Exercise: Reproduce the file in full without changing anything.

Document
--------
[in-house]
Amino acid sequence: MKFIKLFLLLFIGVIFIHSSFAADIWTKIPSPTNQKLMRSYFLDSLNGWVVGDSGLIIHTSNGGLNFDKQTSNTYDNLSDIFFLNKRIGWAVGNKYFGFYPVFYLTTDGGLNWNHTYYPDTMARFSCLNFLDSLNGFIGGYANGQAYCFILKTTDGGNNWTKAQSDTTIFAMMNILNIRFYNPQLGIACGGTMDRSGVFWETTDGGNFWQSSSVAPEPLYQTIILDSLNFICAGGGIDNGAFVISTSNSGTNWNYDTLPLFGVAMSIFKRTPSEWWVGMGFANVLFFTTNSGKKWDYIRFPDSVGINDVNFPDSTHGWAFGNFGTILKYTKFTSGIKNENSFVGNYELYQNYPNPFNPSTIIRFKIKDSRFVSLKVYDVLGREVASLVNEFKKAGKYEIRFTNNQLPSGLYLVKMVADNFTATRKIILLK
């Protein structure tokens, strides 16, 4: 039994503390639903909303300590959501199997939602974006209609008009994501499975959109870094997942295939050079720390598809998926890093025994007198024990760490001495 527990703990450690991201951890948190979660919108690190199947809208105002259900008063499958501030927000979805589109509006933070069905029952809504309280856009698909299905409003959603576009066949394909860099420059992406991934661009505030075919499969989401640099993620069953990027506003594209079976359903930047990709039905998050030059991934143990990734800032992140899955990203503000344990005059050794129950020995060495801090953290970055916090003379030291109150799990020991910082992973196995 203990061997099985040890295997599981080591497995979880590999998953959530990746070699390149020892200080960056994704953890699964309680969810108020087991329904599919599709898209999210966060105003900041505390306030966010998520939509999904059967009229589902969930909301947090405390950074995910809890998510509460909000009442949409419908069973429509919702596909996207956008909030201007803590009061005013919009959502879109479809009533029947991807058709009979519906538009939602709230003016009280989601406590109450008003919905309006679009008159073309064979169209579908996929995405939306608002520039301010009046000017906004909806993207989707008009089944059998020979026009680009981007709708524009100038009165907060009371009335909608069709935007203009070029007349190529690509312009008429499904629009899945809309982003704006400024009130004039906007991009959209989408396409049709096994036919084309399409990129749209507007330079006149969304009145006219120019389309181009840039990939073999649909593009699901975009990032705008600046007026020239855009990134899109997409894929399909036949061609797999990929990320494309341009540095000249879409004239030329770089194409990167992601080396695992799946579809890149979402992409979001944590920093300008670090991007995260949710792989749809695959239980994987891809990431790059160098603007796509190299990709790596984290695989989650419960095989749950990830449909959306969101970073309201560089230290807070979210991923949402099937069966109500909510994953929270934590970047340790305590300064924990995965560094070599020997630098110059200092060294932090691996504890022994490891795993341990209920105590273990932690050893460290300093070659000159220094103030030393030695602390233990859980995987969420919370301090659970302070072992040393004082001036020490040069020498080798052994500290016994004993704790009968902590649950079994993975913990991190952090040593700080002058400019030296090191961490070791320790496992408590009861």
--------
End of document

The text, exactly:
[in-house]
Amino acid sequence: MKFIKLFLLLFIGVIFIHSSFAADIWTKIPSPTNQKLMRSYFLDSLNGWVVGDSGLIIHTSNGGLNFDKQTSNTYDNLSDIFFLNKRIGWAVGNKYFGFYPVFYLTTDGGLNWNHTYYPDTMARFSCLNFLDSLNGFIGGYANGQAYCFILKTTDGGNNWTKAQSDTTIFAMMNILNIRFYNPQLGIACGGTMDRSGVFWETTDGGNFWQSSSVAPEPLYQTIILDSLNFICAGGGIDNGAFVISTSNSGTNWNYDTLPLFGVAMSIFKRTPSEWWVGMGFANVLFFTTNSGKKWDYIRFPDSVGINDVNFPDSTHGWAFGNFGTILKYTKFTSGIKNENSFVGNYELYQNYPNPFNPSTIIRFKIKDSRFVSLKVYDVLGREVASLVNEFKKAGKYEIRFTNNQLPSGLYLVKMVADNFTATRKIILLK
């Protein structure tokens, strides 16, 4: 039994503390639903909303300590959501199997939602974006209609008009994501499975959109870094997942295939050079720390598809998926890093025994007198024990760490001495 527990703990450690991201951890948190979660919108690190199947809208105002259900008063499958501030927000979805589109509006933070069905029952809504309280856009698909299905409003959603576009066949394909860099420059992406991934661009505030075919499969989401640099993620069953990027506003594209079976359903930047990709039905998050030059991934143990990734800032992140899955990203503000344990005059050794129950020995060495801090953290970055916090003379030291109150799990020991910082992973196995 203990061997099985040890295997599981080591497995979880590999998953959530990746070699390149020892200080960056994704953890699964309680969810108020087991329904599919599709898209999210966060105003900041505390306030966010998520939509999904059967009229589902969930909301947090405390950074995910809890998510509460909000009442949409419908069973429509919702596909996207956008909030201007803590009061005013919009959502879109479809009533029947991807058709009979519906538009939602709230003016009280989601406590109450008003919905309006679009008159073309064979169209579908996929995405939306608002520039301010009046000017906004909806993207989707008009089944059998020979026009680009981007709708524009100038009165907060009371009335909608069709935007203009070029007349190529690509312009008429499904629009899945809309982003704006400024009130004039906007991009959209989408396409049709096994036919084309399409990129749209507007330079006149969304009145006219120019389309181009840039990939073999649909593009699901975009990032705008600046007026020239855009990134899109997409894929399909036949061609797999990929990320494309341009540095000249879409004239030329770089194409990167992601080396695992799946579809890149979402992409979001944590920093300008670090991007995260949710792989749809695959239980994987891809990431790059160098603007796509190299990709790596984290695989989650419960095989749950990830449909959306969101970073309201560089230290807070979210991923949402099937069966109500909510994953929270934590970047340790305590300064924990995965560094070599020997630098110059200092060294932090691996504890022994490891795993341990209920105590273990932690050893460290300093070659000159220094103030030393030695602390233990859980995987969420919370301090659970302070072992040393004082001036020490040069020498080798052994500290016994004993704790009968902590649950079994993975913990991190952090040593700080002058400019030296090191961490070791320790496992408590009861």